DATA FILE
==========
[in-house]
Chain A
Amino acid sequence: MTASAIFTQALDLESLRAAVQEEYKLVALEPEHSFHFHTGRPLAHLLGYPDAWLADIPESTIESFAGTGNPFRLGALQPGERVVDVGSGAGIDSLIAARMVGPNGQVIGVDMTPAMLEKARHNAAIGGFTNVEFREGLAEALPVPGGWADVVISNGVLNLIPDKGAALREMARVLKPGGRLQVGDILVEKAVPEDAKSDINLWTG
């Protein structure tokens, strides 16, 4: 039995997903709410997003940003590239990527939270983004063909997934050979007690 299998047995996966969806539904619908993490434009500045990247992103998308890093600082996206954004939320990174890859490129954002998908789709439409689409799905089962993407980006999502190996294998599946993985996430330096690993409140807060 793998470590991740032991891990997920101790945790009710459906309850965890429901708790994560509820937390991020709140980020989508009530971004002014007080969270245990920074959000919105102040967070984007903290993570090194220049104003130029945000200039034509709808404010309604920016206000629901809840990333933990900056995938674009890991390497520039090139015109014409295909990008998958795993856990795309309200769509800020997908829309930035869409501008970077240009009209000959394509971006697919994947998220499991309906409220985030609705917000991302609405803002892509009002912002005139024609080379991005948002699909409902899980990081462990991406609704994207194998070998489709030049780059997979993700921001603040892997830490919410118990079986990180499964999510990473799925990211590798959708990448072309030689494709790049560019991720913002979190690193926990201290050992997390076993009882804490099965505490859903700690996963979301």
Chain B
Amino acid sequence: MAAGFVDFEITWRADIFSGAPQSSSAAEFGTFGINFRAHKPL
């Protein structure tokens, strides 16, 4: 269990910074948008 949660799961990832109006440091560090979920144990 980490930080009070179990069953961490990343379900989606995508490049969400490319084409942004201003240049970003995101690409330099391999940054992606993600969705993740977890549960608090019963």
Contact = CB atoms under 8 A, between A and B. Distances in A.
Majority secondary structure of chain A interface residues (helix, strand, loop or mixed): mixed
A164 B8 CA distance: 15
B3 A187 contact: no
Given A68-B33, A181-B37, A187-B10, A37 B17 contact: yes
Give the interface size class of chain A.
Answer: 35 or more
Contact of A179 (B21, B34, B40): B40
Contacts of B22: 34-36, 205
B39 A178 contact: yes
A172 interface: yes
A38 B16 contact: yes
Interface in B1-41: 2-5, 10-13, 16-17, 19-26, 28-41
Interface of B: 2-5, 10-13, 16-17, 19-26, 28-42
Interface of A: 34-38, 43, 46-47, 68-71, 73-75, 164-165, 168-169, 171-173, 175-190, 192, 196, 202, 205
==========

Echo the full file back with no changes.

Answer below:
[in-house]
Chain A
Amino acid sequence: MTASAIFTQALDLESLRAAVQEEYKLVALEPEHSFHFHTGRPLAHLLGYPDAWLADIPESTIESFAGTGNPFRLGALQPGERVVDVGSGAGIDSLIAARMVGPNGQVIGVDMTPAMLEKARHNAAIGGFTNVEFREGLAEALPVPGGWADVVISNGVLNLIPDKGAALREMARVLKPGGRLQVGDILVEKAVPEDAKSDINLWTG
């Protein structure tokens, strides 16, 4: 039995997903709410997003940003590239990527939270983004063909997934050979007690 299998047995996966969806539904619908993490434009500045990247992103998308890093600082996206954004939320990174890859490129954002998908789709439409689409799905089962993407980006999502190996294998599946993985996430330096690993409140807060 793998470590991740032991891990997920101790945790009710459906309850965890429901708790994560509820937390991020709140980020989508009530971004002014007080969270245990920074959000919105102040967070984007903290993570090194220049104003130029945000200039034509709808404010309604920016206000629901809840990333933990900056995938674009890991390497520039090139015109014409295909990008998958795993856990795309309200769509800020997908829309930035869409501008970077240009009209000959394509971006697919994947998220499991309906409220985030609705917000991302609405803002892509009002912002005139024609080379991005948002699909409902899980990081462990991406609704994207194998070998489709030049780059997979993700921001603040892997830490919410118990079986990180499964999510990473799925990211590798959708990448072309030689494709790049560019991720913002979190690193926990201290050992997390076993009882804490099965505490859903700690996963979301």
Chain B
Amino acid sequence: MAAGFVDFEITWRADIFSGAPQSSSAAEFGTFGINFRAHKPL
């Protein structure tokens, strides 16, 4: 269990910074948008 949660799961990832109006440091560090979920144990 980490930080009070179990069953961490990343379900989606995508490049969400490319084409942004201003240049970003995101690409330099391999940054992606993600969705993740977890549960608090019963």
Contact = CB atoms under 8 A, between A and B. Distances in A.
Majority secondary structure of chain A interface residues (helix, strand, loop or mixed): mixed
A164 B8 CA distance: 15
B3 A187 contact: no
Given A68-B33, A181-B37, A187-B10, A37 B17 contact: yes
Give the interface size class of chain A.
Answer: 35 or more
Contact of A179 (B21, B34, B40): B40
Contacts of B22: 34-36, 205
B39 A178 contact: yes
A172 interface: yes
A38 B16 contact: yes
Interface in B1-41: 2-5, 10-13, 16-17, 19-26, 28-41
Interface of B: 2-5, 10-13, 16-17, 19-26, 28-42
Interface of A: 34-38, 43, 46-47, 68-71, 73-75, 164-165, 168-169, 171-173, 175-190, 192, 196, 202, 205